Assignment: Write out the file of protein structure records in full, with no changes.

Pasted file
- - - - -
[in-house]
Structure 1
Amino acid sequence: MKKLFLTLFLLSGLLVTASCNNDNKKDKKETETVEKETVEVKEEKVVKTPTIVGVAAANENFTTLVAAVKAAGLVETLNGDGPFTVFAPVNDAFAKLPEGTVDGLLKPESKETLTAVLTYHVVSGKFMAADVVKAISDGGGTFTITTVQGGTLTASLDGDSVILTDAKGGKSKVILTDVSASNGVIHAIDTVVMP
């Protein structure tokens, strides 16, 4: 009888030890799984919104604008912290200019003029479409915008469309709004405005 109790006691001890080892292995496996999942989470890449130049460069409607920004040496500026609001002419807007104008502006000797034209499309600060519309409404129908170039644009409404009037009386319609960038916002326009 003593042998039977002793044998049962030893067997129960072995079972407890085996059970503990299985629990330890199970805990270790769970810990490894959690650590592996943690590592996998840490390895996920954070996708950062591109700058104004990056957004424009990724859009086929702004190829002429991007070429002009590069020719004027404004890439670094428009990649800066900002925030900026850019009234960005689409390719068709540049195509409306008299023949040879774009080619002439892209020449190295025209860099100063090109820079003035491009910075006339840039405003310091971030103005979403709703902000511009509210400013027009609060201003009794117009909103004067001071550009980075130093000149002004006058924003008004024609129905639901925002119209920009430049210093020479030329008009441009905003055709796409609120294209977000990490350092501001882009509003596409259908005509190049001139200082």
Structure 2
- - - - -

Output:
[in-house]
Structure 1
Amino acid sequence: MKKLFLTLFLLSGLLVTASCNNDNKKDKKETETVEKETVEVKEEKVVKTPTIVGVAAANENFTTLVAAVKAAGLVETLNGDGPFTVFAPVNDAFAKLPEGTVDGLLKPESKETLTAVLTYHVVSGKFMAADVVKAISDGGGTFTITTVQGGTLTASLDGDSVILTDAKGGKSKVILTDVSASNGVIHAIDTVVMP
């Protein structure tokens, strides 16, 4: 009888030890799984919104604008912290200019003029479409915008469309709004405005 109790006691001890080892292995496996999942989470890449130049460069409607920004040496500026609001002419807007104008502006000797034209499309600060519309409404129908170039644009409404009037009386319609960038916002326009 003593042998039977002793044998049962030893067997129960072995079972407890085996059970503990299985629990330890199970805990270790769970810990490894959690650590592996943690590592996998840490390895996920954070996708950062591109700058104004990056957004424009990724859009086929702004190829002429991007070429002009590069020719004027404004890439670094428009990649800066900002925030900026850019009234960005689409390719068709540049195509409306008299023949040879774009080619002439892209020449190295025209860099100063090109820079003035491009910075006339840039405003310091971030103005979403709703902000511009509210400013027009609060201003009794117009909103004067001071550009980075130093000149002004006058924003008004024609129905639901925002119209920009430049210093020479030329008009441009905003055709796409609120294209977000990490350092501001882009509003596409259908005509190049001139200082």
Structure 2